JD.com Inc. avoided the biggest crisis in its history after U.S. prosecutors decided not to press criminal charges against its billionaire founder, freeing China’s No. 2 online retailer to resume pursuing its global ambitions.
Chief Executive Officer Richard Liu won’t be charged in connection with a rape investigation in Minneapolis, ending a months-long probe that made global headlines and cast doubt over JD’s leadership. On Friday, JD gained 5.9 percent to $21.08 — still well below roughly $30 before Liu’s arrest became public.
Liu, who controls a majority of the $35 billion company’s voting rights, was arrested Aug. 31 and accused of raping a 21-year-old female Chinese undergraduate student. The 45-year-old CEO was participating in a University of Minnesota program for executives at the time. The potential charges had wiped out about $15 billion of market value — almost a third of JD.com’s capitalization — since September. Liu, whose outsized control tied the firm’s fate to his own, is regarded as the driving force behind one of China’s most successful internet companies.
Formal charges would have made running the company increasingly untenable for Liu, whose business is backed by Tencent Holdings Ltd. Unlike rival Alibaba Group Holding Ltd., which runs a marketplace for merchants, JD earns about 90 percent of its revenue through direct online sales and the CEO regularly travels the world striking agreements with suppliers.
“As we reviewed surveillance video, text messages, police body camera video and witness statements, it became clear that we could not meet our burden of proof and, therefore, we could not bring charges,” Hennepin County Attorney Mike Freeman said in a statement Friday. “Because we do not want to re-victimize the young woman, we will not be going into detail.”
The billionaire, who became a household name in his native China and held a keynote panel at this year’s World Economic Forum in Davos, was in Minnesota to complete the American residency of a U.S.-China business administration doctorate program at the university’s Carlson School of Management.
In China, JD is the equivalent of a combined Amazon, Federal Express and Visa. It has operations in Thailand and Indonesia, and plans to enter Europe. For the U.S. market, Liu has said he wanted to partner with the likes of Google and Walmart. He’s avoided speaking in public since the allegations surfaced, skipping events including the Chinese government-backed World Artificial Intelligence Conference, where he was set to be a speaker.
“We are pleased to see this decision,” JD.com said on its website.
Freeman’s decision doesn’t preclude a civil suit, where the standard of evidence needed is lower for a judgment. Wil Florin, the woman’s attorney, blasted Freeman and his prosecutors, saying they never reached out to her or her lawyers during the investigation. In a text message, the lawyer suggested she may pursue a civil suit: “A civil jury will determine whether Mr. Liu, JD.com and their representatives should be held accountable.”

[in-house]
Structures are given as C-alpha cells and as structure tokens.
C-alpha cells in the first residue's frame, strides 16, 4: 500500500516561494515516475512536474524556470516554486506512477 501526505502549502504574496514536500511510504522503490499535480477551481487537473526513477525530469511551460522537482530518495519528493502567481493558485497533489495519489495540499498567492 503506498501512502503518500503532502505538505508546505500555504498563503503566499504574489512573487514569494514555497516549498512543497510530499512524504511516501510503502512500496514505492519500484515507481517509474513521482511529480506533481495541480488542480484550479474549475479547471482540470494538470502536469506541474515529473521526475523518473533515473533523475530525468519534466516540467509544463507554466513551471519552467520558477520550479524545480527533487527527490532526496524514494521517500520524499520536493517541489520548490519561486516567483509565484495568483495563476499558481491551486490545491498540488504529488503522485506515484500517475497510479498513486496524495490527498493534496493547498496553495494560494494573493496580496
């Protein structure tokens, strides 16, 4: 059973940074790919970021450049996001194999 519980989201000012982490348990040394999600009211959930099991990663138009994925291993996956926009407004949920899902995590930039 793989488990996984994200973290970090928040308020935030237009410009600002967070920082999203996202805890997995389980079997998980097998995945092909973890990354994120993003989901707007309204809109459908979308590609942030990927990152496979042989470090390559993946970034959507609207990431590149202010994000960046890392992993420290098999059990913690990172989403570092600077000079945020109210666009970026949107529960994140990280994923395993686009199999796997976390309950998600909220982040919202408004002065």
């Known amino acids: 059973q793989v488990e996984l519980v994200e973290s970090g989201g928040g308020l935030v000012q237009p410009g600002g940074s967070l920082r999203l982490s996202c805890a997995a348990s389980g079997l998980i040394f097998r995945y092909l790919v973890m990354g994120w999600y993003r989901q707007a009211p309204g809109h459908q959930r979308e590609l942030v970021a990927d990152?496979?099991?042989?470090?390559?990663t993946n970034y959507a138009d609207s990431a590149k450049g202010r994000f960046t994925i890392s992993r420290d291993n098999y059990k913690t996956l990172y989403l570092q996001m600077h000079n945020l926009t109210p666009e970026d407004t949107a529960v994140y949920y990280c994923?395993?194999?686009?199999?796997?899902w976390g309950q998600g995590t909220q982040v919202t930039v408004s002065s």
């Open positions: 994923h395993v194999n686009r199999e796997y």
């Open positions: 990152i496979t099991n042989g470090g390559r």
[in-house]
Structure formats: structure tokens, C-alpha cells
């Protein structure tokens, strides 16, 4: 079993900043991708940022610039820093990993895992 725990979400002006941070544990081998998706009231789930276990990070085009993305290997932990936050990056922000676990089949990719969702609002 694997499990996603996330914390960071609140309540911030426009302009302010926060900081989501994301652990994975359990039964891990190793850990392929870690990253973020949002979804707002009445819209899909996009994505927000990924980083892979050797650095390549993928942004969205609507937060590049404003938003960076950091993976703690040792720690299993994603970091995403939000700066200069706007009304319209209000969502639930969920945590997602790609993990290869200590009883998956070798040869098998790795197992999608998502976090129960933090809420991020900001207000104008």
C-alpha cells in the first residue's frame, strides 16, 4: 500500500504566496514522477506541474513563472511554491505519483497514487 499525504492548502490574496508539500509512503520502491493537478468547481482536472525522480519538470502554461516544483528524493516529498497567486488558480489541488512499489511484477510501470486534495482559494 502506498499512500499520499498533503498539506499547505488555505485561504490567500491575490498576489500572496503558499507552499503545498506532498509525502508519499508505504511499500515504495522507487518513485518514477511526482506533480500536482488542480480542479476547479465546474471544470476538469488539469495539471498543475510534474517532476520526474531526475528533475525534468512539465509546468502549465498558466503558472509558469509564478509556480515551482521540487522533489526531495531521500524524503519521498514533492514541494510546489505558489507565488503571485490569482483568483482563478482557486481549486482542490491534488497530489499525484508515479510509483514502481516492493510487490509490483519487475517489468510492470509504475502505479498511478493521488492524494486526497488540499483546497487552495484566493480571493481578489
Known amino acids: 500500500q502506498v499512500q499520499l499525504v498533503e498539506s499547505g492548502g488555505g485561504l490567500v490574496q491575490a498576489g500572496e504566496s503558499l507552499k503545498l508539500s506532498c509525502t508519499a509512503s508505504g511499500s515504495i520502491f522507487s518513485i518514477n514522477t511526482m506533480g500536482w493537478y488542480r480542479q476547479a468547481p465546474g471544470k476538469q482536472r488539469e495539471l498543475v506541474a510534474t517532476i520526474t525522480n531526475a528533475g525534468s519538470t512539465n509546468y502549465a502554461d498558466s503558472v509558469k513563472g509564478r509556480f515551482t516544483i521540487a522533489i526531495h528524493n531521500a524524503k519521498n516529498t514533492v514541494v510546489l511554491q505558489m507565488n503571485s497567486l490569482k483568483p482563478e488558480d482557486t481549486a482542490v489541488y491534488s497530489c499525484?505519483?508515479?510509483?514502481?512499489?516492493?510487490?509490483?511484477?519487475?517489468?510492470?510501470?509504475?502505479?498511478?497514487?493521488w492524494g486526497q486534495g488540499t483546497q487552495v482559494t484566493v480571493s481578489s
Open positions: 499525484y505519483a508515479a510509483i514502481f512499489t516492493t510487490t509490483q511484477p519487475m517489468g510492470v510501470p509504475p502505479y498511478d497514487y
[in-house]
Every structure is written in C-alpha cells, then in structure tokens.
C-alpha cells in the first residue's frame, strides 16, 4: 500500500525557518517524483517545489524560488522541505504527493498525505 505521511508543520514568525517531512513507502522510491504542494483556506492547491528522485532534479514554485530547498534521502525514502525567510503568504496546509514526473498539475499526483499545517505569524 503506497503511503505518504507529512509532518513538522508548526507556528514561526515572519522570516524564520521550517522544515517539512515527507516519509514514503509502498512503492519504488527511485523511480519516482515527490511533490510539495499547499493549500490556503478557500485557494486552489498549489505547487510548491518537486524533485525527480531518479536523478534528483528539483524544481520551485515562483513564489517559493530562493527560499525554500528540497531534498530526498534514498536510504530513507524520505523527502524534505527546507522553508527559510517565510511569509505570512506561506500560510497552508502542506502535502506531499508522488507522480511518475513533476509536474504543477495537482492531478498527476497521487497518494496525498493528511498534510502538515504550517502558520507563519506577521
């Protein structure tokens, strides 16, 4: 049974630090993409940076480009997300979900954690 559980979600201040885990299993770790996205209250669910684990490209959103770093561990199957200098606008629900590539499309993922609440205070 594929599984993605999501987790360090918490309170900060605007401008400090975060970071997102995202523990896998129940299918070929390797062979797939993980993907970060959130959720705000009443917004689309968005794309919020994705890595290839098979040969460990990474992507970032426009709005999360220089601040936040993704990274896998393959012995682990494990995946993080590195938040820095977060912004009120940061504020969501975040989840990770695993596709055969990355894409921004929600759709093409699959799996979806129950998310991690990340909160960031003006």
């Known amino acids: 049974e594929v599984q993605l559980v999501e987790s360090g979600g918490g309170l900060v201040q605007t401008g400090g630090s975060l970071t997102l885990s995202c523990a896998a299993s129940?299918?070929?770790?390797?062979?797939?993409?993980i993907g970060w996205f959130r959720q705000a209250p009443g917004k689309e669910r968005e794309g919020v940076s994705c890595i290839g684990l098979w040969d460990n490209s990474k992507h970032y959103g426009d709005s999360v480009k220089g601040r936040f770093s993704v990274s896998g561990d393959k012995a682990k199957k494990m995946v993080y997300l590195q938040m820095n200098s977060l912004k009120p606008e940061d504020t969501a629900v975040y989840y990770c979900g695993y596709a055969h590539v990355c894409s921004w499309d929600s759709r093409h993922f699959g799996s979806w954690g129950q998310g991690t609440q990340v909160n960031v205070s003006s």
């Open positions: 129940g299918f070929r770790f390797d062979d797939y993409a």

“If anyone cares to know why victims of sexual assault are hesitant and fearful to come forward to authorities seeking justice for what has been done to them, look no further than the manner in which this was handled,” Florin said. “On her behalf, we will not permit her dignity to be simply swept under the rug.”
Liu has consistently denied the accusations. In a blog post, he said the announcement by Freeman’s office “proves I broke no law” but apologized to his wife Zhang Zetian, a local social media celebrity dubbed “Sister Milk Tea.”
“My interactions with this woman, however, have hurt my family greatly, especially my wife,” Liu said. “I feel deep regret and remorse and I hope she can accept my sincere apology.”
In documents and text messages, the student said she was invited to a party with Liu and other participants of the executive program where wine flowed freely. Her attorney alleged the student had been coerced into drinking more heavily than intended. The woman and Liu ended up at her home, where he raped her, she alleged. After a call the next morning from a friend of the student, police found the woman and Liu at her apartment, and he was arrested later that day.
Liu’s lawyer, Jill Brisbois, said the decision by the county attorney “confirms our strong belief from the very beginning that my client is innocent.”
Liu and Brisbois hadn’t previously elaborated on what Liu says happened at the dinner in August. On Friday, Brisbois said all interactions between Liu and the woman were consensual. Though both drank wine, Brisbois said, Liu wasn’t drunk and the woman didn’t appear intoxicated. After the CEO’s arrest, the woman “made repeated demands for money, and threatened to make her allegations public and to sue Richard if her demands were not met.”
Freeman confirmed the account of the dinner. “There were profound evidentiary problems which would have made it highly unlikely that any criminal charge could be proven beyond a reasonable doubt,” he said. The three-month period it took to make a decision had “nothing to do with Liu’s status as a wealthy, foreign businessman.”
Liu’s arrest triggered a mixed response back home, where his orange jump-suited mug-shot took over social media feeds. Despite a lack of detail, a substantial faction believed the accusations against him were trumped up. Over the weekend, one women’s rights organization suggested the CEO remained accountable for his actions.
“Liu did not violate the law, which is the judgment of the legal level,” the China Women’s News, affiliated with the All-China Women’s Federation, wrote on its WeChat account. “But there is morality behind the law. As a public figure, he should have higher requirements for words and deeds.”